Seattle Public Schools, 1862-2000: Rainier Beach High School

  • Posted 11/29/2013
  • Essay 10577
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This People's History of Rainier Beach High School is taken from Building for Learning: Seattle Public School Histories, 1862-2000 by Nile Thompson and Carolyn J. Marr. That book, published in 2002 by Seattle Public Schools, compiled profiles of all the public school buildings that had been used by the school district since its formation around 1862. The profiles from the book are being made available as People's Histories on courtesy of Seattle Public Schools. It should be noted that these essays are from 2000. Some of the buildings profiled are historic, some of recent vintage, and many no longer exist (new names and buildings not included in these profiles from 2000 have been added), but each plays or has played an important role in the education of Seattle's youth.

Rainier Beach High School

Plans for a combined junior and senior high school in the southeast section of the city were initiated in 1957. A portion of the site was purchased from the City of Seattle in August 1958. During the planning stages, the school was known as Southeast Seattle Junior-Senior High School. It was to be named after Samuel Gompers, a noted pioneer in the labor movement, but that name was given to a trade school instead (see Rainier). The architectural plans submitted in 1959 showed two alternatives for the building, with or without an auditorium and gymnasium. After much controversy, the auditorium was dropped from the plans for financial reasons.

At that time, it was felt that a combined facility for grades 7-12 would be adequate for many years to come. Rainier Beach Junior-Senior High School opened in September 1960 with 845 students in the junior high level and 412 high school students. As was the practice when opening new high schools in Seattle, there was no senior class and only a small junior class entered the first year. By 1967, the school was overcrowded, with 2,159 students housed in a building designed for 1,500. The principal, Don Means, urged the school district to establish a separate facility for the younger students. The Model Middle School began in portables on the grounds of Rainier Beach in September 1970. The first year only 7th graders attended the middle school; the next year it comprised grades 7-8. The middle school moved to a new permanent building called South Shore in December 1973. The following September, American Indian Heritage School moved into the portables at Rainier Beach.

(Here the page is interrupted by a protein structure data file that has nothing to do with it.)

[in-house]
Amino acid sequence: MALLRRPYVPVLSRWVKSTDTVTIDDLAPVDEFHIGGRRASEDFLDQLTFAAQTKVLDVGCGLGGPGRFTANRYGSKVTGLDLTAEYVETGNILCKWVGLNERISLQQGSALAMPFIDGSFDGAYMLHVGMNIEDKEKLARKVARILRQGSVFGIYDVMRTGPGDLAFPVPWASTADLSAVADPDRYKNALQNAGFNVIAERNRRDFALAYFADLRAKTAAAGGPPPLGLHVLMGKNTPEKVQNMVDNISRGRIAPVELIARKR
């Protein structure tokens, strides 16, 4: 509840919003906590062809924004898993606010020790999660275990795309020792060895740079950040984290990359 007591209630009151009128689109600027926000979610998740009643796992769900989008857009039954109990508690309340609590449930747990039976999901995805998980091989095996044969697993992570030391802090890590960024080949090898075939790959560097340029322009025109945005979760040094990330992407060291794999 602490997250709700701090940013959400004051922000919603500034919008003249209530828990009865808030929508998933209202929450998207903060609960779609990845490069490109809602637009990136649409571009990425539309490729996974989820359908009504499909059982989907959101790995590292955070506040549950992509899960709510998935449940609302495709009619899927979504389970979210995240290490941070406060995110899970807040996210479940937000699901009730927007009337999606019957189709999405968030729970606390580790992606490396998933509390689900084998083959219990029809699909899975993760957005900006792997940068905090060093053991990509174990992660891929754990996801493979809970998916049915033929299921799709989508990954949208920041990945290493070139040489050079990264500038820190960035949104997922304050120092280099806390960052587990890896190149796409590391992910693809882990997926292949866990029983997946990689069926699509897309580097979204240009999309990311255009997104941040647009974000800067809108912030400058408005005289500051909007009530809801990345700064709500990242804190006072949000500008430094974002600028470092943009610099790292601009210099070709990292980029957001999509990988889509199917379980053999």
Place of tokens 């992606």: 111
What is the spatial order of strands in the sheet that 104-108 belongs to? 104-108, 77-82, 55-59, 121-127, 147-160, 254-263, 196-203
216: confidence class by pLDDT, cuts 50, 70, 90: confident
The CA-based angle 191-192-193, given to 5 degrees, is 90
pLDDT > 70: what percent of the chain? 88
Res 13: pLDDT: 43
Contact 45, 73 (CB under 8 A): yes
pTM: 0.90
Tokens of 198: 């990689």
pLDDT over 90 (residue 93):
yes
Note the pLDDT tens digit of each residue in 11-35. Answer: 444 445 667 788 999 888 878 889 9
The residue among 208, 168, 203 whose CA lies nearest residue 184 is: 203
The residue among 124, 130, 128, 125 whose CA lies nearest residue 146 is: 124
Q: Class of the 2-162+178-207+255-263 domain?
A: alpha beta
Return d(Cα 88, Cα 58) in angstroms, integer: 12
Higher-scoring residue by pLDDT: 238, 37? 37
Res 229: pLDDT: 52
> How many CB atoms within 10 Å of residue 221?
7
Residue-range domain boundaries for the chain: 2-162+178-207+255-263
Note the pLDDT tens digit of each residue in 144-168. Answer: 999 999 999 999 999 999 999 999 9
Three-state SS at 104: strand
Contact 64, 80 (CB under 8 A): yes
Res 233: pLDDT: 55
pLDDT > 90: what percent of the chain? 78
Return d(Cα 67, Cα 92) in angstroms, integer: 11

In 1968, Rainier Beach and its feeder elementary schools developed a K-12 individualized program that became a model for inner city schools. This program included ungraded curriculum in some subjects, small groups of teachers, counselors and students who monitored individual progress, and an alternative program. In 1969, Rainier Beach was selected to participate in the international Model Schools project. Student activities including clubs and athletics grew to become part of the school's evolving tradition. Over the years, the boys' basketball team has done exceptionally well, winning the 3-A state championship, then the 2-A championship in 1988.

During the 1980s and 1990s, a district policy limiting the percentage of minority enrollment in any one school meant that some neighborhood residents were not able to attend the school. These guidelines, which were put into effect to qualify for federal benefits, are now being relaxed to allow more local participation in the school.

Several innovative programs originated at Rainier Beach. From 1975 to 1983, students in an aviation class built an experimental plane that was eventually auctioned off for over $3,000. The Boeing Company has been an active partner in this and many subsequent technology programs. Fall 1990 marked the inception of a Model Teaching Academy that prepares students for college and a career in education, one of five such academies in the country. Today the DECA program in marketing education is the premier business program in the district, with students winning both state and national awards. Also at Rainier Beach, the Belief Academy for students with learning and behavioral disabilities has used integrated teaching techniques to create a positive learning environment. Rainier Beach was also the first school in the district with a Teen Health Center, established in 1988.

A long-awaited Performing Arts Center opened in fall 1998. Since the original auditorium had never been constructed, this visual and performing arts magnet school finally got a first-class facility. The new auditorium provides a state-of-the-art stage and comfortable seating. An exterior canopy and entry plaza enhances the appearance of the center's curved blue walls.


Name: Rainier Beach Junior-Senior High School
Location: 8815 Seward Park Avenue S
Building: 2-story brick
Architect: John W. Maloney
Site: 21.6 acres
1960: Named on March 9; opened on September 7
1972: Became Rainier Beach High School
1998: Performing Arts Center opened

Rainier Beach High School in 2000
Enrollment: 786
Address: 8815 Seward Park S
Nickname: Vikings
Configuration: 9-12
Colors: Blue and orange
Newspaper: The Viking Shield
Annual: Valhalla


Nile Thompson and Carolyn J. Marr, Building for Learning: Seattle Public School Histories, 1862-2000 (Seattle: Seattle Public Schools, 2002).

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